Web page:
Baikal

Lake Baikal and its drainage basin belong to the unique geosystems of the world. Baikal is located in the central part of Eastern Siberia, near the conventional geographical center of Asia. The mountain hollow of the lake represents the most important natural boundary of Siberia. In this area borders of various floristic and faunal areas converge, creating biogeocenoses that have no analogues.

Baikal is one of the greatest lakes of the planet, the lake is "to an excellent degree": the deepest (1637 m) and the oldest (about 25 million years old), containing the largest number of endemics (more than 1,000 species) and representatives of flora and fauna (over 2,600 species) living in the fresh water bodies of the Earth. The lake has a unique (23.6 thousand cubic meters) capacity and a fresh water supply (20% of the world's). The basin of Baikal is the central link of the Baikal rift zone, which arose and develops simultaneously with the world rift system. A number of factors suggest that the lake is a nascent ocean. The climate of the Baikal coasts is unusually soft for Siberia, - the number of sunny days here is higher than at many Black Sea resorts. 336 rivers flow into the Baikal (Selenga, Barguzin, Upper Angara, etc.), and one follows - the Angara.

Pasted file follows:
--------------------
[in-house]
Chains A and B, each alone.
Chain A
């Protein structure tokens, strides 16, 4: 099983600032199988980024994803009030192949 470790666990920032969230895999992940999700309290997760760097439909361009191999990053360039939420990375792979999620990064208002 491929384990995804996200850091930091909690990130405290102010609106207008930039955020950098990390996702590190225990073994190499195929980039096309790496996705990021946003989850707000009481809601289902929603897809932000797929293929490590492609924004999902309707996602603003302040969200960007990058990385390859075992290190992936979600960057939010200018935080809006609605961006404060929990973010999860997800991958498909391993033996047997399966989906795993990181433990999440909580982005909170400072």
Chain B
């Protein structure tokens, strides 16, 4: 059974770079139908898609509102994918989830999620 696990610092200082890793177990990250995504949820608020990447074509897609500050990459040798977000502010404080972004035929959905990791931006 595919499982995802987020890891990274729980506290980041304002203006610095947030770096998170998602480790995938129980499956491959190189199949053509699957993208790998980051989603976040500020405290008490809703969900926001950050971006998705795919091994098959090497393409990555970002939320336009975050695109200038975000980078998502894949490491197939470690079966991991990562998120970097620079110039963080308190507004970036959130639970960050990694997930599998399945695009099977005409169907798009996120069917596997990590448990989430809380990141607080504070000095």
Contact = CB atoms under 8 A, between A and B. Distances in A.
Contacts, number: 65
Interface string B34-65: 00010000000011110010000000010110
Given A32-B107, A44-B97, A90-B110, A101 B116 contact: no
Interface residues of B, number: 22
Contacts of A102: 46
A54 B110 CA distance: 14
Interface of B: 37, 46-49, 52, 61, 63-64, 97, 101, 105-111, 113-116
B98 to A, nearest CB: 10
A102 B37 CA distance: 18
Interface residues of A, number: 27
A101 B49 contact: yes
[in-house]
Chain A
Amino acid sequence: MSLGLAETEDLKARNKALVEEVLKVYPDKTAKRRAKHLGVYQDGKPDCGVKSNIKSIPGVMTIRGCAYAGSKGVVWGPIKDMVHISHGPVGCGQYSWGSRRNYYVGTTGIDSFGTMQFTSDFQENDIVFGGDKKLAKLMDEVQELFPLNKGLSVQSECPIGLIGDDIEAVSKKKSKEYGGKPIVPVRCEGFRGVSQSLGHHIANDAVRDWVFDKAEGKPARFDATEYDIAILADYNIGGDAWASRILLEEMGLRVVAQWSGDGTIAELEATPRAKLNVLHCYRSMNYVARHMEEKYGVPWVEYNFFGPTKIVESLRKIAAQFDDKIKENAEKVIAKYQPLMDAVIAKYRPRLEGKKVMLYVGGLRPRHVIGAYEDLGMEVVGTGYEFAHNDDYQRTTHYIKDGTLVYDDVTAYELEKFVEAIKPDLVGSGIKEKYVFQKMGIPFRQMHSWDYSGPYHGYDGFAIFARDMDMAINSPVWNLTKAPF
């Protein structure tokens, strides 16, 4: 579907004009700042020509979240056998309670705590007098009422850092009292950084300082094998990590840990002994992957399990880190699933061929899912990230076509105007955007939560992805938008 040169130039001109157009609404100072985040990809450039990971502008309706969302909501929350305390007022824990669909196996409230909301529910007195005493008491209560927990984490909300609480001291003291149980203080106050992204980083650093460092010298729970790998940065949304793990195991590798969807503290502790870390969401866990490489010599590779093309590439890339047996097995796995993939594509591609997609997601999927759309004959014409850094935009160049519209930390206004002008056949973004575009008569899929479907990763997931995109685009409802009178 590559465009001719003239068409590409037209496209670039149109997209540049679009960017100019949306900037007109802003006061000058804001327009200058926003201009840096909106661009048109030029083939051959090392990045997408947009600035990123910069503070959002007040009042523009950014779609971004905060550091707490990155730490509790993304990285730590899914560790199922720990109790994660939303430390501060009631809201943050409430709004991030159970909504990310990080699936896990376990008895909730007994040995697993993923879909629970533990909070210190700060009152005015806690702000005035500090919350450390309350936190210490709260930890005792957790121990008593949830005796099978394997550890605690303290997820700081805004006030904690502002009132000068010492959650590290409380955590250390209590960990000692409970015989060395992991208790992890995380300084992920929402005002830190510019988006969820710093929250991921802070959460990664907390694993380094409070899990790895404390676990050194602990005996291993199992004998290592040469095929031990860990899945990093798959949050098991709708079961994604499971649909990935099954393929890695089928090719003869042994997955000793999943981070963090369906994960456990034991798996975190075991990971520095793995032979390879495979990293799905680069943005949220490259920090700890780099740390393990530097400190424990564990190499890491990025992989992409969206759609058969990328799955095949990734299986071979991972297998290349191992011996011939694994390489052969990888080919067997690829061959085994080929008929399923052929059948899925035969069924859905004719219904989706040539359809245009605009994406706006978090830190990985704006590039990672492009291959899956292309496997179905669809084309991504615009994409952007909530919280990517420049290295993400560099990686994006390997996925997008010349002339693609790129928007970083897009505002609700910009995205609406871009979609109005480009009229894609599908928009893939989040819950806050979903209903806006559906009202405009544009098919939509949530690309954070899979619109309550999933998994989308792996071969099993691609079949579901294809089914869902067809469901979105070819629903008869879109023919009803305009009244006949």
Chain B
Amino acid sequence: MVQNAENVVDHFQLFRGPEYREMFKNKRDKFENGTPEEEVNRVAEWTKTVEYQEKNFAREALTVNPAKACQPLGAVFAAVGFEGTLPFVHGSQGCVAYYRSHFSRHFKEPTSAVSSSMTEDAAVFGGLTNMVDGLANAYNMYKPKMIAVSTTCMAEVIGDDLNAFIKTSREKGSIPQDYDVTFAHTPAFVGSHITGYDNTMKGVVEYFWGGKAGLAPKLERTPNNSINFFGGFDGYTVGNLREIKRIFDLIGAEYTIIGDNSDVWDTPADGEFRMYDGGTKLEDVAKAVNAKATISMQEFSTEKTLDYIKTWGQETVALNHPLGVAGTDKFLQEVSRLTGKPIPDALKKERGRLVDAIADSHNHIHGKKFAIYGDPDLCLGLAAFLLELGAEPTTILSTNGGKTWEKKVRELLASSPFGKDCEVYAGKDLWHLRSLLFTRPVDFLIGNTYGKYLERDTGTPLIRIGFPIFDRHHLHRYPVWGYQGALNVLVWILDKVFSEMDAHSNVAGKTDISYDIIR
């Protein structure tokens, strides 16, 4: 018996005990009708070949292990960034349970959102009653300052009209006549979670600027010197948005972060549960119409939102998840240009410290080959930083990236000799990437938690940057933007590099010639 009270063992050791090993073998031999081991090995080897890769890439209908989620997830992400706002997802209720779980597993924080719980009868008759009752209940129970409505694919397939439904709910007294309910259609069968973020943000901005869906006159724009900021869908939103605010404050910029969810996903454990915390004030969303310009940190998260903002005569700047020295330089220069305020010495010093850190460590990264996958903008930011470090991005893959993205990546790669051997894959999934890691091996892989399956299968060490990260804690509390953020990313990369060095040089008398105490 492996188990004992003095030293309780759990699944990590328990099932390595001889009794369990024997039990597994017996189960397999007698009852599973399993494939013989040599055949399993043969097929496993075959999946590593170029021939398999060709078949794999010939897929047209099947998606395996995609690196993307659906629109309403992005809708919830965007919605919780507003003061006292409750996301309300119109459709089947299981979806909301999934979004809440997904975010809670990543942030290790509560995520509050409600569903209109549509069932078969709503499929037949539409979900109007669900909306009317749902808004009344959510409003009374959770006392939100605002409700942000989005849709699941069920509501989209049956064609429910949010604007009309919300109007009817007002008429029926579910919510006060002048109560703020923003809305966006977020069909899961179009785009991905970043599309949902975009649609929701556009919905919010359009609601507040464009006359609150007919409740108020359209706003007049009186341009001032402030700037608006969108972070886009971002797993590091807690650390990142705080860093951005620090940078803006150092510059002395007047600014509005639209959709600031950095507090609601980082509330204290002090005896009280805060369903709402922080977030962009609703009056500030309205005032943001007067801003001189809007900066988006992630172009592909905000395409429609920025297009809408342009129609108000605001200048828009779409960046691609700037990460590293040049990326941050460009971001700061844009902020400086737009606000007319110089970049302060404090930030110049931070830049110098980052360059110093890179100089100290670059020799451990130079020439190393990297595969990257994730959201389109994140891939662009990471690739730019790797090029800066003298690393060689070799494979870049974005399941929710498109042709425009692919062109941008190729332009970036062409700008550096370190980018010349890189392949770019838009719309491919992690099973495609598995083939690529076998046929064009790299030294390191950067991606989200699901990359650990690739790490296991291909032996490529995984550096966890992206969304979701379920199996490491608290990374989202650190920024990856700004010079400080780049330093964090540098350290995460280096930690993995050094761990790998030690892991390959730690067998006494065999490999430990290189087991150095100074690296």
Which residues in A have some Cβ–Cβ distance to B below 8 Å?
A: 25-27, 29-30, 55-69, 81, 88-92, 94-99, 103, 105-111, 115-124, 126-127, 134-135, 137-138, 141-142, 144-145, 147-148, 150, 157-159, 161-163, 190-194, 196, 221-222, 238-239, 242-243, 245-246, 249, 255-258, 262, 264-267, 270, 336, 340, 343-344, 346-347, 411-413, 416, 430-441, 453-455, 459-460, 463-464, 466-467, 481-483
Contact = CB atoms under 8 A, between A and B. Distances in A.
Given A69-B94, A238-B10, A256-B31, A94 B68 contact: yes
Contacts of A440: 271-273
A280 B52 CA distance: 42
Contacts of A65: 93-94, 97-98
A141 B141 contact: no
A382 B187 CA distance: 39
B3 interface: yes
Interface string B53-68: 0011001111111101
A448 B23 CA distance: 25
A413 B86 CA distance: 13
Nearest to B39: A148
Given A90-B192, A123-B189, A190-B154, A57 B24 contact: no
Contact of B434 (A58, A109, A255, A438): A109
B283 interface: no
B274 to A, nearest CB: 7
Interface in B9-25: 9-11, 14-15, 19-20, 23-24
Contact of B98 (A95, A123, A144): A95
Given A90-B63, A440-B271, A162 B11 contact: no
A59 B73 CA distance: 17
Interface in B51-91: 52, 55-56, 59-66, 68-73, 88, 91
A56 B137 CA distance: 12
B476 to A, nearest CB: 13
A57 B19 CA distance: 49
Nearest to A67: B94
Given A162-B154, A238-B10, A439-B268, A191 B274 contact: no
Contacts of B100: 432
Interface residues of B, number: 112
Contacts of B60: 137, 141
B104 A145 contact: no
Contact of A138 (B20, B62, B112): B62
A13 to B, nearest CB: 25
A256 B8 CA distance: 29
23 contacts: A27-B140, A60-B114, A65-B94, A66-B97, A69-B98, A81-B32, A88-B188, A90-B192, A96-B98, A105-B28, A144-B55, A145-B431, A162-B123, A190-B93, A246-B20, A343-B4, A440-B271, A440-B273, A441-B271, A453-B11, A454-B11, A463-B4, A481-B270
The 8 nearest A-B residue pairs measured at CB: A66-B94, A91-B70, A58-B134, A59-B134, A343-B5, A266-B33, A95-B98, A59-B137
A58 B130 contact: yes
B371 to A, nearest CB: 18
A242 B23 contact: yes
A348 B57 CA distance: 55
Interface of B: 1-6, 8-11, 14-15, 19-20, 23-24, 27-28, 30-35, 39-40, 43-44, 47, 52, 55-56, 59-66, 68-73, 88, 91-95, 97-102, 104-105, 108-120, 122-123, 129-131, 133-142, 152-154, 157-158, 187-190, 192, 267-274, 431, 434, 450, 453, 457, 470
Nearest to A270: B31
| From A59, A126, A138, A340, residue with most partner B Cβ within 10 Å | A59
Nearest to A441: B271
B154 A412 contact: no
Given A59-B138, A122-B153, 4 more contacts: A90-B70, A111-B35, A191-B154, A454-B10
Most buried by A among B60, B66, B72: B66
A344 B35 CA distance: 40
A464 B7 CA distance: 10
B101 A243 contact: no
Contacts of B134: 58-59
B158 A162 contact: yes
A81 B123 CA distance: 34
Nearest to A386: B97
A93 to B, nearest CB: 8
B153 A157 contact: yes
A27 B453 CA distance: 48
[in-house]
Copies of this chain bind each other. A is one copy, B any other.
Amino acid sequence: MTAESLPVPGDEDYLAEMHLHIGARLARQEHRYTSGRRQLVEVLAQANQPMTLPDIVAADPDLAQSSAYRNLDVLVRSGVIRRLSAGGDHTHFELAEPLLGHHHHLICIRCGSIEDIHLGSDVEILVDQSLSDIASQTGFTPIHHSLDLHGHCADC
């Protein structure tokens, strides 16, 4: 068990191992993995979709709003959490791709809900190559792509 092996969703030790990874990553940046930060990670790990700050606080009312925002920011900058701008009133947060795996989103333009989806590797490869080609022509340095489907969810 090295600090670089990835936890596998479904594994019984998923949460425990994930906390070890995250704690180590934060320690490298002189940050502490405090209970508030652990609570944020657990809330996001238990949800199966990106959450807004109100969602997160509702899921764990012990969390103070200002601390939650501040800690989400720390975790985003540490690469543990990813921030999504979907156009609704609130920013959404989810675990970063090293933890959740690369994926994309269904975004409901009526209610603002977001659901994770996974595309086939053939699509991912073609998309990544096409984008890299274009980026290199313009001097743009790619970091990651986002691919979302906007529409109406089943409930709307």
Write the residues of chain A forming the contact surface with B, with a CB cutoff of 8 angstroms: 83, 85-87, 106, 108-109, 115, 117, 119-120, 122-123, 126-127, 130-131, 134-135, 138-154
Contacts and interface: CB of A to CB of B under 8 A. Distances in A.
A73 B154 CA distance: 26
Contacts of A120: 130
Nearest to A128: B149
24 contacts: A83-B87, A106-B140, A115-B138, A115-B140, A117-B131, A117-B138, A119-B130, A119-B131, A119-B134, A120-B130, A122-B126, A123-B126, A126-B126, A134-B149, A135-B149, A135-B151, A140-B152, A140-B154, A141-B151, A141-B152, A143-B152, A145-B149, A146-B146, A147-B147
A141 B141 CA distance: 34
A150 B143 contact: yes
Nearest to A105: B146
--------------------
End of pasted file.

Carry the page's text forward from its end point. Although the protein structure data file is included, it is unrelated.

The entire lake basin (the total catchment area is 557 thousand square kilometers, of which 332 is in Russia) is a peculiar and very fragile natural geosystem, the basis of which is the lake system with its natural process of formation of the purest waters of drinking quality.


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